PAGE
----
And yet, the story to follow in Jeremiah 26:20-23 – maybe added by Baruch later, though certainly still under inspiration, no matter how it was put in here – shows that the influence of Josiah and the elders who shared the same beliefs and approach when it came to spiritual matters was completely nullified by the wicked king Jehoiakim.

Jehoiakim – probably later on in his 11-year reign – had a true prophet speak words of judgment similar to both Jeremiah’s and Micah’s. But unlike these elders who were influenced by Josiah and unlike the godly Hezekiah, wicked Jehoiakim killed that prophet.

20 ¶ [And/Indeed] there was also a man that prophesied in the name of the LORD, Urijah the son of Shemaiah of Kirjathjearim, who prophesied against this city and against this land [according/similar] to all the words of Jeremiah:

This prophet said nothing significantly different from what Jeremiah just said in this chapter. And by the way, this story alerts us to the fact that Jeremiah wasn’t the only prophet in Judah in his day. There were apparently others who were still faithful to the Lord, though they were few and the people didn’t listen to them.

Now, here’s Jehoiakim’s very un-Hezekiah-ish response to this true prophet.

21 And when Jehoiakim the king, with all his [mighty men/bodyguards], and all the [princes/officials], heard his words, the king sought to put him to death:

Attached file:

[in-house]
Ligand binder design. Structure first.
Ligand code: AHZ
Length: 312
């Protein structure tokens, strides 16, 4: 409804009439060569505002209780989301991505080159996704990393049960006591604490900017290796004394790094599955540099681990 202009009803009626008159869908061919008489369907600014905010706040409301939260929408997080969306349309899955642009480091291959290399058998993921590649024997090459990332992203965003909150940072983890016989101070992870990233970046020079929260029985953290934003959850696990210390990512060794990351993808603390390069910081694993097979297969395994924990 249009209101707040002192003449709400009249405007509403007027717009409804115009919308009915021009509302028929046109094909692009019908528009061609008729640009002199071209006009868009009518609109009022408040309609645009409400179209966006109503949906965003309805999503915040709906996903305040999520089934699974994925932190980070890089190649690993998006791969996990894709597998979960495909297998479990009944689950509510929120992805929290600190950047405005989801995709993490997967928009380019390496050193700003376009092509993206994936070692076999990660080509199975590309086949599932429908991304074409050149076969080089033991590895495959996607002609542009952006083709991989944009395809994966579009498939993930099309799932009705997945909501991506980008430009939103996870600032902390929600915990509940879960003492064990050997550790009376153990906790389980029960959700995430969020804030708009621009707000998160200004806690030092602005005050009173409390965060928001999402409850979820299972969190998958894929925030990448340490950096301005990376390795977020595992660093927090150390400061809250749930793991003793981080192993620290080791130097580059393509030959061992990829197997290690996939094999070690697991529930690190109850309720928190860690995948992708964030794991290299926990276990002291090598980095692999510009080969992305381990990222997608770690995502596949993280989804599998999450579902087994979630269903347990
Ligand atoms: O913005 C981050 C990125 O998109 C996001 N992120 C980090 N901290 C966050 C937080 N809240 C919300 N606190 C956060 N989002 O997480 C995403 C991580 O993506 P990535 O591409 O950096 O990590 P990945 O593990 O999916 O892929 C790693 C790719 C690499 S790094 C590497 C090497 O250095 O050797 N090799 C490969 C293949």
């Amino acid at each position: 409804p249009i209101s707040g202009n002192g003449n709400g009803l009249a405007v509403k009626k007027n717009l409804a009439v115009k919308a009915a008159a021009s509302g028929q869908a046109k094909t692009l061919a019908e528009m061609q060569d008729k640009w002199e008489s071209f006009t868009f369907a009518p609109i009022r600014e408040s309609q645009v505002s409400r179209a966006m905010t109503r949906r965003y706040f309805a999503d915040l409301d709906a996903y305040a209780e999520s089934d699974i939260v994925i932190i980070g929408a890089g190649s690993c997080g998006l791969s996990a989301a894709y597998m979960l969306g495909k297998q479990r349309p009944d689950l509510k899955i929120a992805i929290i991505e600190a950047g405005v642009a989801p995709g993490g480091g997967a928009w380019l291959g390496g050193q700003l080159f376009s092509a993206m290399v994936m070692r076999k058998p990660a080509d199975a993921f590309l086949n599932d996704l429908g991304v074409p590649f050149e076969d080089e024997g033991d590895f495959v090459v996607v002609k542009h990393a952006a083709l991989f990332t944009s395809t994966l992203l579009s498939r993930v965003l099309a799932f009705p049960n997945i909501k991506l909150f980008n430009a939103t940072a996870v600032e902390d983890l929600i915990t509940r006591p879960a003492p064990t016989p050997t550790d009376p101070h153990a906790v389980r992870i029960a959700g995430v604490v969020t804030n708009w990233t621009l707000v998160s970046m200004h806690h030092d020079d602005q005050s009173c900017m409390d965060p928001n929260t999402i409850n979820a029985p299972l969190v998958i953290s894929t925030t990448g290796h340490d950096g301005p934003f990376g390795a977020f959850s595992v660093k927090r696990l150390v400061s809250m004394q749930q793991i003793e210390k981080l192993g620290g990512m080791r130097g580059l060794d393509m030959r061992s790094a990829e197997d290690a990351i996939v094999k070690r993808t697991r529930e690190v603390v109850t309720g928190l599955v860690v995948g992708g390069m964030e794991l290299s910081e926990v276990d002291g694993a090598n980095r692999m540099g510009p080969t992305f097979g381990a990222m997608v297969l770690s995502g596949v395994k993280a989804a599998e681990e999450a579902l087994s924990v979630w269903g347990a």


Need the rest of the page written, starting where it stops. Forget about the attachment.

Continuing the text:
Now, here’s one difference between this Urijah and Jeremiah – Jeremiah stayed where he was but Urijah fled.

but when Urijah heard it, he was afraid, and fled, and went into Egypt;

But Urijah couldn’t get away from his wicked king.

22 And Jehoiakim the king sent men into Egypt, namely, Elnathan the son of Achbor, and certain men with him into Egypt.

23 And they fetched forth Urijah out of Egypt, and brought him unto Jehoiakim the king; who slew him with the sword, and cast his dead body into the graves of the common people.

Now, the name Achbor is found a number of times in Scripture in relation to Josiah. So, here again we see the waning of godly influence from the past. Josiah was righteous, but his son Jehoiakim isn’t. Achbor was one who was pleased to follow Josiah’s righteous reforms, but his son Elnathan is one who ends up playing a role in the murder of a righteous prophet of the Lord.

Jeremiah 26 Commentary: Ahikam’s Help

Well, if this is how Jehoiakim dealt with faithful prophets, how is it that Jeremiah lived through Jehoiakim’s entire reign and remained faithful to the Lord?

One part of the explanation is that the Lord had promised to protect Jeremiah way back when he commissioned him.

But the second and human element is to be found in Jeremiah 26:24.

24 ¶ Nevertheless the [hand/influence/power] of Ahikam the son of Shaphan was with Jeremiah, that they should not give him into the hand of the people to put him to death.